International Trade Committee
Oral evidence: Digital trade and data, HC 1096
Wednesday 27 January 2021
Ordered by the House of Commons to be published on 27 January 2021.
Members present: Angus Brendan MacNeil (Chair); Mark Garnier; Anthony Mangnall; Mark Menzies; Taiwo Owatemi; Martin Vickers; Mick Whitley; Craig Williams.
Questions 33 - 52
II: Diana Avila, Global Head of Banking and Expansion, TransferWise; Nick Ashton-Hart, Special Adviser for Global Internet Policy, International Chamber of Commerce UK; and David Holman, Director, Armour Communications.
Examination of witnesses
Witnesses: Diana Avila, Nick Ashton-Hart and David Holman.
Q33 Chair: Without further ado, we will move almost seamlessly onwards to the second panel. In this panel we have Diana Avila, Nick Ashton-Hart and David Holman. I will invite the three of them to introduce themselves on their own terms: name, rank and serial number. I will start with Diana, then Nick and then David.
Diana Avila: Hello, good afternoon. I am glad to be here. My name is Diana Avila and I am head of banking and expansion at TransferWise.
Nick Ashton-Hart: Good afternoon to all of you. It is good morning to me, but good afternoon to all of you. I am Nick Ashton-Hart, the special adviser to the International Chamber of Commerce in the United Kingdom, covering trade and other subjects, and the Geneva representative of the Digital Trade Network.
Q34 Chair: I should check, where exactly are you at the moment?
Nick Ashton-Hart: I am in New York City.
Chair: That is not too bad, I suppose. David Holman.
David Holman: Good afternoon, everyone. I am not in New York City, I am in the UK, so local time.
Chair: San Francisco maybe?
David Holman: I wish. No. I am a co-founder and one of the directors of Armour Communications. We are an SME based in the UK with 36 employees.
Q35 Chair: Thank you, all three. First I will start with Diana and David. Diana, how do your businesses engage in and/or support digital trade?
Diana Avila: Let me start by clarifying what TransferWise does in general. We are a fintech company that started 10 years ago here in the UK. We facilitate cross-border financial services for customers, both individuals and also small and medium businesses. We enable our customers to send money from one country to the other and also receive, hold and spend their money.
To answer the question: how we engage or facilitate in digital trade? I would say it is both. How do we engage? As I said, we effectively provide this service globally. We started in the UK 10 years ago but now we have expanded to more than 50 countries. We are at present financially licensed and regulated in 12 different jurisdictions around the world, and currently actively working on getting our regulatory licences in five other countries around the world. At the end of the day, what we are doing is also facilitating digital international trade, helping small and medium businesses receive their money when they are doing an international transaction.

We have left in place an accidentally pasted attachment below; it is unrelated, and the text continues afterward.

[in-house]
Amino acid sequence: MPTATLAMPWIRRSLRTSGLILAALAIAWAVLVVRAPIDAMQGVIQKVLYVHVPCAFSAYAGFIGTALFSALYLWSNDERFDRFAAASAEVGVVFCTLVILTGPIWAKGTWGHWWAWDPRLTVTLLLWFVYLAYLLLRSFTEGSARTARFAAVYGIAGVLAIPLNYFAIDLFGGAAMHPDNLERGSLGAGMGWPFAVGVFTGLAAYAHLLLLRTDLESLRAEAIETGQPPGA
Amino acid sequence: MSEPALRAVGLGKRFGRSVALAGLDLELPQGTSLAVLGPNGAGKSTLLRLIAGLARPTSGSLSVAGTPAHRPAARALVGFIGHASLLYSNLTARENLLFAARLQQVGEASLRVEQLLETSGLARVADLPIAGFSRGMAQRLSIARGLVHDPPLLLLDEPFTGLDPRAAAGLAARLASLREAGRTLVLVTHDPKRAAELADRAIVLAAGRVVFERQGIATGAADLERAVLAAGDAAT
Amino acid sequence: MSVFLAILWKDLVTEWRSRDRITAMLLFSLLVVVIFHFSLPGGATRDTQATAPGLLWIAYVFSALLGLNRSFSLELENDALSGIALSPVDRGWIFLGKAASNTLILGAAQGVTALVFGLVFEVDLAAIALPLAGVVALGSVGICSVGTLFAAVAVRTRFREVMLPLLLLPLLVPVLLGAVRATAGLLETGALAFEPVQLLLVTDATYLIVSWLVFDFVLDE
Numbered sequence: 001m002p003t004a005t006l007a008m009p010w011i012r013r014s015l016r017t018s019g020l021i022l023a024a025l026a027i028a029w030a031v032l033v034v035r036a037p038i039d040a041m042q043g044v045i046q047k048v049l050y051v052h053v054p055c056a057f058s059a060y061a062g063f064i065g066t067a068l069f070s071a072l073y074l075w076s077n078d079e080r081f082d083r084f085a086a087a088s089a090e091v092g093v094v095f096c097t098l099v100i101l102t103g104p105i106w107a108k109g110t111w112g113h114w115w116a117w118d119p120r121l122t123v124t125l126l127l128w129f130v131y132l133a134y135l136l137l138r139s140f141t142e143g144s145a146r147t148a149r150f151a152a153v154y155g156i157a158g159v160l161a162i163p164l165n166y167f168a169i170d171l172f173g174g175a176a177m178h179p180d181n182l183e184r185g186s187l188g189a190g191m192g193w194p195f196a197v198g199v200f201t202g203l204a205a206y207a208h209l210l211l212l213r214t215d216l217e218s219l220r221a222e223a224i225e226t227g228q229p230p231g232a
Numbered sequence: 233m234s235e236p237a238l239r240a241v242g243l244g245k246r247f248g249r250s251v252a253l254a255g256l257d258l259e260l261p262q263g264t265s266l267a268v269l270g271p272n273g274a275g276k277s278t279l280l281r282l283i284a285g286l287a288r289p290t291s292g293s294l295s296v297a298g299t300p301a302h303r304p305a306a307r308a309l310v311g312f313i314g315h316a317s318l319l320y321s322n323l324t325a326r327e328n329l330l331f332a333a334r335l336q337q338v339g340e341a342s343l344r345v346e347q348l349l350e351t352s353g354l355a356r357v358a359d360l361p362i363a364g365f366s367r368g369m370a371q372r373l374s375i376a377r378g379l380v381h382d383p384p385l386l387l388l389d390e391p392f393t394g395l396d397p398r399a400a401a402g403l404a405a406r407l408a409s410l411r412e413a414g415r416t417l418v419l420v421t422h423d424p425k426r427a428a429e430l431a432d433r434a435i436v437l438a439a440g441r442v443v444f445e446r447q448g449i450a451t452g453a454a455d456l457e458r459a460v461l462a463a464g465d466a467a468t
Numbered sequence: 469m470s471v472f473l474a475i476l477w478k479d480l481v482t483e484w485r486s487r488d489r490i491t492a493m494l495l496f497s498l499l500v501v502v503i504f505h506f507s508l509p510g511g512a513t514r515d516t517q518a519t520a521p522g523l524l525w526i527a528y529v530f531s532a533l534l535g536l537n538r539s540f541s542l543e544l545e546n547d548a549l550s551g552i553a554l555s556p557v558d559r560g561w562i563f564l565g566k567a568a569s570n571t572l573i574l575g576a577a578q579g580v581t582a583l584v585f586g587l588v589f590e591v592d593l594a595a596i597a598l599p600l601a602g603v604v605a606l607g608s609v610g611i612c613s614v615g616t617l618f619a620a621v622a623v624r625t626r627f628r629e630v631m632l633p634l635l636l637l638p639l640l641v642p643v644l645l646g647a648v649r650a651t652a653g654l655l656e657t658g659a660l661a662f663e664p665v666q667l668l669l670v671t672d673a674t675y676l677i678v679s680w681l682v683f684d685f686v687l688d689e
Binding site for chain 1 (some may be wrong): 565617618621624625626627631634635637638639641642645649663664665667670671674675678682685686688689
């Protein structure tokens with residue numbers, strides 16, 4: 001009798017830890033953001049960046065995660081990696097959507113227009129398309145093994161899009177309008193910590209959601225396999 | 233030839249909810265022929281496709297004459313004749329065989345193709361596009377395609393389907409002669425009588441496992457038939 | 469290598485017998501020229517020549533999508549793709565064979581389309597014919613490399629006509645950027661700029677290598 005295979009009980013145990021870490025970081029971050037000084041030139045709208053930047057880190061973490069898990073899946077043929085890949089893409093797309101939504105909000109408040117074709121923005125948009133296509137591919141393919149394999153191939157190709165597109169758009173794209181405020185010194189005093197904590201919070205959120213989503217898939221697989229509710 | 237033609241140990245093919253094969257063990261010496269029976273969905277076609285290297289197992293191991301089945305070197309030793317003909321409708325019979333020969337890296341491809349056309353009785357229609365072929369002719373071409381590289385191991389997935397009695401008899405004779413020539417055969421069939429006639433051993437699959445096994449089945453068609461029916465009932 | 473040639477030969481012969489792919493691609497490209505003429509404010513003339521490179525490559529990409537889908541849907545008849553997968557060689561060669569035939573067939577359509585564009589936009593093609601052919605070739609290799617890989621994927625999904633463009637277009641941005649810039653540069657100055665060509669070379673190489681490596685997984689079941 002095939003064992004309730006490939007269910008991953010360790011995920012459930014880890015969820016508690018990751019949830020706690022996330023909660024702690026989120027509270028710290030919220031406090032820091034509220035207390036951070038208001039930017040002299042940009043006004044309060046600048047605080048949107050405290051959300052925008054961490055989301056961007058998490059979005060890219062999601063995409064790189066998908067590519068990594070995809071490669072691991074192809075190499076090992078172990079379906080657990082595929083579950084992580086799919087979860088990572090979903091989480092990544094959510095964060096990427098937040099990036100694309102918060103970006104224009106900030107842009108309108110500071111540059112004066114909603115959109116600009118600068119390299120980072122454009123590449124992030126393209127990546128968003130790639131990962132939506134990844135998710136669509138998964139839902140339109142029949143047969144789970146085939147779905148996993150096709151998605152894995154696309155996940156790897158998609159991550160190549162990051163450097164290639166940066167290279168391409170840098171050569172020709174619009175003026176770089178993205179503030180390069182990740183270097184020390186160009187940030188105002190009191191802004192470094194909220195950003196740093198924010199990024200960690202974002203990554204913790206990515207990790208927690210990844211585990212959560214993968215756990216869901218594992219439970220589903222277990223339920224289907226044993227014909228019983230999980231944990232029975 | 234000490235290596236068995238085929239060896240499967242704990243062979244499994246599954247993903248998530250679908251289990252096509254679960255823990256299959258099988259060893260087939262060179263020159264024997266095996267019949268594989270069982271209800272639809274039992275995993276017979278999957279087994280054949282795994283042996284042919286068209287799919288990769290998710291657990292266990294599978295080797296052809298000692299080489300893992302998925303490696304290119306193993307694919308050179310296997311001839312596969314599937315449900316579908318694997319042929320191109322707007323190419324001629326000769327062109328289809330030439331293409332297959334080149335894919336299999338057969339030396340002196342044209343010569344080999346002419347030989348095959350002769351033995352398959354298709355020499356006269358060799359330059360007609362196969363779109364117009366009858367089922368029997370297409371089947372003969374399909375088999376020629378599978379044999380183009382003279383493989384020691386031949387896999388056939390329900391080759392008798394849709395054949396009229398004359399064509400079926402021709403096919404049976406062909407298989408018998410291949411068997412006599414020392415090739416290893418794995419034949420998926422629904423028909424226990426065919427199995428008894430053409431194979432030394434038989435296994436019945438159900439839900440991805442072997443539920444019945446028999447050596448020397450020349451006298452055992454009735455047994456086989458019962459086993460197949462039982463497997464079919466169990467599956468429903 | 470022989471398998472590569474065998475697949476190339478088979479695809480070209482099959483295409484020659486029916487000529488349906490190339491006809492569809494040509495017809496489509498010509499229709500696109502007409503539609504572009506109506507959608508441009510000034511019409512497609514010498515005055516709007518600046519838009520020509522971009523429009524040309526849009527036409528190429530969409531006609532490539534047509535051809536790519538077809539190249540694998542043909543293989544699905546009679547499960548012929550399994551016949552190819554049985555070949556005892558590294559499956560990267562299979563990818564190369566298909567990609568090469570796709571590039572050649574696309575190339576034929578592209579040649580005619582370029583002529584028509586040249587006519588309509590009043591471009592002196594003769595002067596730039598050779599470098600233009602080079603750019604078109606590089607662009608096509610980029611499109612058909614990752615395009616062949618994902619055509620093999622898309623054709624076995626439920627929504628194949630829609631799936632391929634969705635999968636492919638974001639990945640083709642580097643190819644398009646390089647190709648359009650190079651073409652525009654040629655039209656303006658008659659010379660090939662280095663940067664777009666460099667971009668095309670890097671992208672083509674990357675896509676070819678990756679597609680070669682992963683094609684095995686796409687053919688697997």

We have seen this problem of small businesses trying to export or also import and overpaying fees when it comes to receiving their payments in one country and being willing to transfer this money locally to the country where they are incorporated. That is the way in which we facilitate this. We make it simpler for individuals and for small and medium businesses to deal with their finances globally. We also make it not only easier and more convenient but also cheaper and transparent, in the sense that we disclose how much is the cost of moving this money.
For us to achieve this, it requires us going and setting up and getting these licences locally and, of course, dealing with localising our services and adapting to the different regulatory regimes and payment regimes that we will be following in the different countries where TransferWise is operating.
David Holman: We have developed an app to enable messaging and voice and video communications on standard smartphones, I guess similar in function to consumer products like WhatsApp but with the one major difference that it is much, much more secure, you will be glad to know.
Chair: Yes, I was wondering about it, because you seemed to be describing WhatsApp there for a second but, yes, that is fair.
David Holman: Yes. We have servers in the UK that run our cloud and our customers around the world effectively use that cloud all the time that they are using our app. Our customers are typically Government Departments and defence organisations, but increasingly finance-related organisations and in some cases legal organisations. In 2019, in excess of 80% of our revenue was outside of the UK. We are an SME. Our turnover is relatively low. It is £2 million, so 80% is not a great deal, in terms of sterling amounts, but it is a significant part of the effort that we put in. Export is big. It reduced slightly in 2020 for obvious reasons, but it is still significant.
Chair: Thank you. Armour Communications—you may be well-named then for what you are trying to achieve.
David Holman: Absolutely.
Chair: Thank you very much for that. I am going to move now to Mick Whitley, who will be inevitably standing by and unmuted as well. Mr Whitley.
Q36 Mick Whitley: Thanks, Chair. This is to all the witnesses. Good afternoon, everybody. What are the main barriers your ICC members encounter when engaging in digital trade, David?
David Holman: Yes, that is a very good question. I guess there are a number, but one of the real challenges for us over the last little while has been to get in front of potential customers. Trust is a very important element of selling our services, wherever they are in the world: trust in our software; trust that we will look after their information and data correctly; and trust that we will continue to deliver the functionality and services they need.